There was a time when Ian Baker-Finch wasn't sure the Champions Tour was for him. The doubts about his golf game kept creeping in. Swing thoughts, too many to count, swirled in his head. The harder he tried to fix it, the larger the doubts became.
"I guess it started to make me wonder whether it was the right decision," Baker-Finch said.
The misgivings are gone now.
"Now that I'm here, I know it was (the right decision)," Baker-Finch said Wednesday at Newport Beach Country Club on the eve of his Champions Tour debut at the Toshiba Classic.
"Everyone always says you will love it. It's like going to a family reunion. It's like a picnic every week with your old buddies. I'm going to have a great time."
But the picnic doesn't include a pick-up game of softball. It offers big-time tournament golf on the Champions Tour with major champions standing on nearly every tee. It will be a challenge but Baker-Finch won't be out of place. He's a major champion, too.
Baker-Finch, a native of Nambour, Australia, became a surprise rising star when he closed out the 1991 Open Championship at Royal Birkdale. He did it in style, capturing the Claret Jug with final rounds of 64-66. Baker-Finch won 17 times worldwide, and on the PGA TOUR added the 1989 Southwestern Bell Colonial to his Open Championship. Just as sudden as the rise was his demise.
Baker-Finch's decline was so precipitous that it has become sort of a benchmark for collapses. Many of his problems were psychological. He tinkered with too many thoughts and too many swings. At times he could stripe the ball. Other times he had no chance.
As he neared the Champions Tour, Baker-Finch, who celebrated his birthday in October, had to deal with those same fears.
"I'm also experiencing exactly what I thought I would with the apprehension of how am I going to play," he said. "I hope I don't make a fool of myself. I hope my golf is good enough that I can continue to enjoy myself and enjoy the experience."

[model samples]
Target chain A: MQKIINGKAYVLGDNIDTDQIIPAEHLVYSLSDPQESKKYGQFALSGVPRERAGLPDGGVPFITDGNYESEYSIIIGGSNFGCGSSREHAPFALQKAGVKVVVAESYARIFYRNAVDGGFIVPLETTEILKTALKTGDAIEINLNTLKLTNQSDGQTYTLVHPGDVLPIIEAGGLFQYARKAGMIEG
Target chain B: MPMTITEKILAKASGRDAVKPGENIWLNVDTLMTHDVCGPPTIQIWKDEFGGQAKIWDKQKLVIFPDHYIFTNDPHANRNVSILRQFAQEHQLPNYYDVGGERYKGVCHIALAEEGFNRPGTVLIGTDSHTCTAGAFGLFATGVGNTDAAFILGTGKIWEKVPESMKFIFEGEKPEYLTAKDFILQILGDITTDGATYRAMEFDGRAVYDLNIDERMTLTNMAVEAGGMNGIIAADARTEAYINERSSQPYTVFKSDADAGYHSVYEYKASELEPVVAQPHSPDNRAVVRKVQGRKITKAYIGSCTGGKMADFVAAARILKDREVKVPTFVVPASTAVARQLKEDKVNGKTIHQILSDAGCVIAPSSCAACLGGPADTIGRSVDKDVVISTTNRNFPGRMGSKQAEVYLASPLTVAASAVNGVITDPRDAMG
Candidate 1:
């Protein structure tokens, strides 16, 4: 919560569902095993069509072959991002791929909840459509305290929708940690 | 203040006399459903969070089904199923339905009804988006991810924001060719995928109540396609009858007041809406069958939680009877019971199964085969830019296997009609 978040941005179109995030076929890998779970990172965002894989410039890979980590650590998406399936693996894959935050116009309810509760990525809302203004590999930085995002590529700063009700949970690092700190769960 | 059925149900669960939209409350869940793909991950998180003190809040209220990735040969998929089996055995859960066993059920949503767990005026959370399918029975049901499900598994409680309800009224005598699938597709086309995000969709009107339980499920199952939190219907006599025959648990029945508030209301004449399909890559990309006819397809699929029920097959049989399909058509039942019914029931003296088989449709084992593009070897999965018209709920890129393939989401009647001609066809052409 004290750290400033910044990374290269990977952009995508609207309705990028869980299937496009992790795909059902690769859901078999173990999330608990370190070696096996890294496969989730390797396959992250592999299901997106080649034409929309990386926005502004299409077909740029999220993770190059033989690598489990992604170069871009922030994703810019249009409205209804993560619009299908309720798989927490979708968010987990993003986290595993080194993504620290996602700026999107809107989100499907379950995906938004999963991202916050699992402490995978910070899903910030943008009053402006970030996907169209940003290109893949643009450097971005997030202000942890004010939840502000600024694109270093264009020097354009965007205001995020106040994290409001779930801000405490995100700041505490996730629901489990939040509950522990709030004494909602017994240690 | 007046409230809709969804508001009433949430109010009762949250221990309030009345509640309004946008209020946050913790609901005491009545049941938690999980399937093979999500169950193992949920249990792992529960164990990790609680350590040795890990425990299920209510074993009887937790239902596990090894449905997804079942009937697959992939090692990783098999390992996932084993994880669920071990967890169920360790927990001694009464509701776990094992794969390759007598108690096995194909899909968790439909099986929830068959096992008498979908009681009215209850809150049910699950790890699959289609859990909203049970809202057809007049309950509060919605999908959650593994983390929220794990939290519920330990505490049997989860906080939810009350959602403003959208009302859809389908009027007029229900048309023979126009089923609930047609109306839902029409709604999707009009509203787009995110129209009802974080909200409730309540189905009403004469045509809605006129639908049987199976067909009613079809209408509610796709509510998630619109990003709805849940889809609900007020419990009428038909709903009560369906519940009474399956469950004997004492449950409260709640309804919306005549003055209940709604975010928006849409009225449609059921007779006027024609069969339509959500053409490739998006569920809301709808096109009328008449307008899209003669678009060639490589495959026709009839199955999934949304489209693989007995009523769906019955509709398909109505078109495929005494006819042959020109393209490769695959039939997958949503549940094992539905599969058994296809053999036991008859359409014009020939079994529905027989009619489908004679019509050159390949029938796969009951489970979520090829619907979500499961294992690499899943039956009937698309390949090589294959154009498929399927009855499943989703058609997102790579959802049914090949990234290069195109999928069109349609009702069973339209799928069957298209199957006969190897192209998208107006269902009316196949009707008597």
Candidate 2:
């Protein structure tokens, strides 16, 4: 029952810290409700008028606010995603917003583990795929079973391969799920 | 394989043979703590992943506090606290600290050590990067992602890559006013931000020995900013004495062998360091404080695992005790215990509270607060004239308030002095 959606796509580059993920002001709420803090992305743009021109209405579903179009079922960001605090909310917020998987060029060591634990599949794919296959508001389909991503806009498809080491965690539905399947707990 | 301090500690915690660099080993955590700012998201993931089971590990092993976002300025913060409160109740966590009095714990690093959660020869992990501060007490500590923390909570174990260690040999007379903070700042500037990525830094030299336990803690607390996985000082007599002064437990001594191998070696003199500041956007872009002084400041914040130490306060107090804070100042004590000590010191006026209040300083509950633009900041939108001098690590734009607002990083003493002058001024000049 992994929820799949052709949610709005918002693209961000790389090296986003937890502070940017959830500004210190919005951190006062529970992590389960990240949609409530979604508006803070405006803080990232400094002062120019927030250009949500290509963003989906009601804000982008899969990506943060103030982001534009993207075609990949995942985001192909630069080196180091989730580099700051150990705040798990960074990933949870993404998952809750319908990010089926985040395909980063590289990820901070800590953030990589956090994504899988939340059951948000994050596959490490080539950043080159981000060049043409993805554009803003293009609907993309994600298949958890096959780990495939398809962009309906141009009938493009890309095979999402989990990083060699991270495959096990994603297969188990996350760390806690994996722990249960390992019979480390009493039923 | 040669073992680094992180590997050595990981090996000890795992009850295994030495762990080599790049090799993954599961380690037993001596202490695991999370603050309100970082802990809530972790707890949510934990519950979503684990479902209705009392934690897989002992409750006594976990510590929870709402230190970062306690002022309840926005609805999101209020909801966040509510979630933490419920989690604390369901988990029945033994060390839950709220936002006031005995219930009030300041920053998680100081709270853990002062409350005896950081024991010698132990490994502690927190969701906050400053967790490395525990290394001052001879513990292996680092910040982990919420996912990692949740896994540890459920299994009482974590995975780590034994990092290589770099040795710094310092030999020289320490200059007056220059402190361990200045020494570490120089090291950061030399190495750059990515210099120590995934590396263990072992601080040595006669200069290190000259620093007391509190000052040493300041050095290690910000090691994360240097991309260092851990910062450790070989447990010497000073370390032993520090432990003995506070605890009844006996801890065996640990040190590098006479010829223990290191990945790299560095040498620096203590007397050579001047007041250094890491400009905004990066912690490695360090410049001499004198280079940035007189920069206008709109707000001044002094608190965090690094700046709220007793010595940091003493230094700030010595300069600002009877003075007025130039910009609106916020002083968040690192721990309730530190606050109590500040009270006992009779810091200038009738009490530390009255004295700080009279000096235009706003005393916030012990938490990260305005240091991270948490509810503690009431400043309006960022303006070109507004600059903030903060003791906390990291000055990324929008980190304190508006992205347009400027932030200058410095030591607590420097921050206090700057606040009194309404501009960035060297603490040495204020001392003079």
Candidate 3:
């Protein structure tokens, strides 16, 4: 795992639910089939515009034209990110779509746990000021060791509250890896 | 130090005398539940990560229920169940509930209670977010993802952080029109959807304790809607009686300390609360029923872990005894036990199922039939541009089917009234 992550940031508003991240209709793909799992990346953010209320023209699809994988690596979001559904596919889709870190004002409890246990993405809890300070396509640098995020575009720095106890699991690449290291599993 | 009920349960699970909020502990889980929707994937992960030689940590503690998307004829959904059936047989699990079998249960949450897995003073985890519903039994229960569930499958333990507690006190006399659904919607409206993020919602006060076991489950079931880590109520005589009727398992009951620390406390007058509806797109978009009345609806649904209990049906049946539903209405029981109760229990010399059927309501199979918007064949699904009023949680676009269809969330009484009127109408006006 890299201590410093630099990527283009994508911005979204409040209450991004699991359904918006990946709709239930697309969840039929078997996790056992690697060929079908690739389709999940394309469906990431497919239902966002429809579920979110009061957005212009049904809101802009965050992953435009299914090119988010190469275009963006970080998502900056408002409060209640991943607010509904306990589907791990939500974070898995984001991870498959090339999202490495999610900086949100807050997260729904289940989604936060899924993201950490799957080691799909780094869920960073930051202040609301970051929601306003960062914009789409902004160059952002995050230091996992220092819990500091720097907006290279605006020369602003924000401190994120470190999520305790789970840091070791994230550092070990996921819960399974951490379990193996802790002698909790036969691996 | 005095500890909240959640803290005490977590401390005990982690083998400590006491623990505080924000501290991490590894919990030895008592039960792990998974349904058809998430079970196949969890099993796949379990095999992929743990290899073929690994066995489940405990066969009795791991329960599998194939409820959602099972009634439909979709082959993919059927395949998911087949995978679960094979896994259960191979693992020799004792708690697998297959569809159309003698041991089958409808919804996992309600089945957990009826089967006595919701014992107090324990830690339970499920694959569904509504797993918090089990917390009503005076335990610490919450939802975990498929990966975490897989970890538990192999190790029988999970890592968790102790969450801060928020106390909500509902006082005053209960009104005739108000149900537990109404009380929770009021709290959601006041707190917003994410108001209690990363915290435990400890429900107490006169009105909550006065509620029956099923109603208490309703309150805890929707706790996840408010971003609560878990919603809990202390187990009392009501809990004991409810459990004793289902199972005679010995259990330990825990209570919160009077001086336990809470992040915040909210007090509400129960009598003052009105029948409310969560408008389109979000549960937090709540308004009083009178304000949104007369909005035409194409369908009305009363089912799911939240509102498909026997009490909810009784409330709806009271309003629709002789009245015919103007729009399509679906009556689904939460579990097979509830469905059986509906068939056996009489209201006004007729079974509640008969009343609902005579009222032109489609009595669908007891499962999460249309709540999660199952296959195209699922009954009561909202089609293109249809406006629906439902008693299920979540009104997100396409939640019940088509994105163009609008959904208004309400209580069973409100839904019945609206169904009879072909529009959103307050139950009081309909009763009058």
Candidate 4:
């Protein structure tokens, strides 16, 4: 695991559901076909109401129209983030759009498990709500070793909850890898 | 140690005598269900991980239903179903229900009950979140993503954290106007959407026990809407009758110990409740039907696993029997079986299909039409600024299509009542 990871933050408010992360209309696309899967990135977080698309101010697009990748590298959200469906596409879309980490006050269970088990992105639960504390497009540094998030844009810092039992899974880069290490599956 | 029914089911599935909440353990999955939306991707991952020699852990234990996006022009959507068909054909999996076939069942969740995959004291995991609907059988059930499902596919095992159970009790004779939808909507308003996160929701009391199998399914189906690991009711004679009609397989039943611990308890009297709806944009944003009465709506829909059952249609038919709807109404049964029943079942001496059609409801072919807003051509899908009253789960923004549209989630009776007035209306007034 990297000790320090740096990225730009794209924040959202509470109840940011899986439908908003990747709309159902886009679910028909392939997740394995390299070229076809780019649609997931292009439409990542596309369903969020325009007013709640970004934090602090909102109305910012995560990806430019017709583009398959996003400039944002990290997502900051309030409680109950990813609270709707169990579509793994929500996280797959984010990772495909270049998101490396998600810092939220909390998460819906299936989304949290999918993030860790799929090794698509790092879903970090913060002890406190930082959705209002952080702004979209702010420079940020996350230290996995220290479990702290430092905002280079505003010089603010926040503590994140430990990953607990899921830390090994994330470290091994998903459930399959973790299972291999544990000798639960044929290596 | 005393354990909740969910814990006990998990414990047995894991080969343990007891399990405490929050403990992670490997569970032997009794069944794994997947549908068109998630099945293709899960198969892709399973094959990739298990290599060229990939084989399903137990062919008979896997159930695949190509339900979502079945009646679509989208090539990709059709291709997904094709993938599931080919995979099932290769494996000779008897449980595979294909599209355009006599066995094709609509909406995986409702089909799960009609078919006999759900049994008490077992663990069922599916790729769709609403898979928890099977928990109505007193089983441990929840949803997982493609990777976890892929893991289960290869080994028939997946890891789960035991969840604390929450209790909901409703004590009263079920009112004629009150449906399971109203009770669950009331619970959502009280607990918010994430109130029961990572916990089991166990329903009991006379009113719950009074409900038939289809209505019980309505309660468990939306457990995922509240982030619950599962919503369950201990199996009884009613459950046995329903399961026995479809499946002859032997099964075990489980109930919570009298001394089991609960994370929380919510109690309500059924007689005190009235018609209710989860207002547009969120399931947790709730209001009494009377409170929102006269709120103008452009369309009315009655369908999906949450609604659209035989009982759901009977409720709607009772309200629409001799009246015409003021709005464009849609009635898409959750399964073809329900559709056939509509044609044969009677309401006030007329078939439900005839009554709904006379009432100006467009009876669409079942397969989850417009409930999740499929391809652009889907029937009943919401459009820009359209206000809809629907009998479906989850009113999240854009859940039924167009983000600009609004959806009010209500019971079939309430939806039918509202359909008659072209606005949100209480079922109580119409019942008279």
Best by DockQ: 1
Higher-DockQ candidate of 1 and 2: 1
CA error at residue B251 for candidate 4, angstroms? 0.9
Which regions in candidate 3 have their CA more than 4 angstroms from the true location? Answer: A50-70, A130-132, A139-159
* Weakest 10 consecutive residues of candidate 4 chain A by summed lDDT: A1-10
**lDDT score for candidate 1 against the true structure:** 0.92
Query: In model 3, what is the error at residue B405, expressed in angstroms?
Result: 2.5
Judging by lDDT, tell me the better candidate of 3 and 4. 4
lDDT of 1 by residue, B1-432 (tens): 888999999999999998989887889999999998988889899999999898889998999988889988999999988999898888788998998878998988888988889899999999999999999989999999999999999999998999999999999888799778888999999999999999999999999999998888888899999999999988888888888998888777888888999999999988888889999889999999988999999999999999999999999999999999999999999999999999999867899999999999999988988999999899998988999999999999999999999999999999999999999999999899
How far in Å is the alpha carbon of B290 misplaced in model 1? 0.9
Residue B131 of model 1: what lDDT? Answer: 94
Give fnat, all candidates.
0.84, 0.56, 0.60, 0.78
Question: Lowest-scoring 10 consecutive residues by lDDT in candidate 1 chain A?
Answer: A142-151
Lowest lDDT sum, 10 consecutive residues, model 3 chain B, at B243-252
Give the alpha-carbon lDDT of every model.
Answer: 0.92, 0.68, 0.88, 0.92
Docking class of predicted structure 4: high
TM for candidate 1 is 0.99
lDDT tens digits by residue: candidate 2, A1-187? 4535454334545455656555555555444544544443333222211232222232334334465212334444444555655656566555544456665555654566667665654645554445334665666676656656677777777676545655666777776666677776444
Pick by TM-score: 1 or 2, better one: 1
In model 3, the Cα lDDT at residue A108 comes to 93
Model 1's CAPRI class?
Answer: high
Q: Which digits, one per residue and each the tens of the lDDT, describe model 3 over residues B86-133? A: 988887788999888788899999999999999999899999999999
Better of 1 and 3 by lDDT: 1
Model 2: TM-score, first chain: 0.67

Baker-Finch said his game is better now after ups and downs over the past month. It got to a point where he said, "Right, I'm just going to go back to doing what I do," instead of testing new swing thoughts recommended by friends and supporters trying to help.
How many swing thoughts does Baker-Finch estimate he's had to deal with?
"Thirty-six thousand," he said.
"It's the reason why I stepped away from the TOUR 15 years ago. I got to a point where I couldn't trust myself, and I felt bad about myself, and I wasn't competing. So I said I need to go and try to do something else."
Baker-Finch didn't have trouble finding a gig once he left the competitive side of the game. He became a successful television commentator, which will remain his primary focus regardless of how things turn out this week or the rest of the season. Still, he's eager to test the waters.
"I knew exactly how I would be and now that I've made it here I'm more relaxed and ready to go ahead and play and compete and to have some fun," he said.
"It's great to be here. Not many people wish their lives away and can't wait until they get to 50. But to get a chance to come out and play on the Champions Tour is going to be a great thrill for me. I haven't heard anything bad from anybody over the last three or four years when guys start talking about getting into their late 40's and what's it going to be like on the Champions Tour."
Baker-Finch is one of the nice guys. That's why it was so unnerving for those around him to see him suffering with his game and forced to leave the competitive side of it. He has tried to beat back the demons by "reading books and listening to sports psychologists" and believes that negative thoughts must be allowed to escape.
"The reason the good players are really good is that they let those (negative) thoughts go, and they focus on what they're doing and their routine is sharp," he said. "I know I don't have a sharp routine because I haven't played for 15 years, and I know that's really all I need to work on the next few days is just play the way I play and work on my routine so the first tee Friday morning I just stick to my routine and hit my shot and go do what I do."
Baker-Finch is hoping a little back-to-the-future will help in that regard. He has recruited caddie Pete Bender, who was on his bag at Royal Birkdale, to loop for him. If all goes well, Baker-Finch expects to play maybe four or five times on the Champions Tour to complement his work for CBS.
"That's all I can do," he said. "I work 22 weeks for CBS, three weeks for TNT and four weeks in Australia."
But this week, Baker-Finch, who finished 15th at the Australian Senior Open last year in his only tournament appearance, is ready to enjoy the Champions Tour, a decidedly different approach than the one he used to take.
"It will be good fun," Baker-Finch said. "I know it will. I know everybody is behind me. I think I'm going to take the mental approach that people are just happy to see me out there playing again. Not necessarily expecting me to win or expecting me to play great, hey, Baker Finch is 50, he looks great. He's still got that long loose swing. I think they will be happy to see me out there. I am going to take that approach."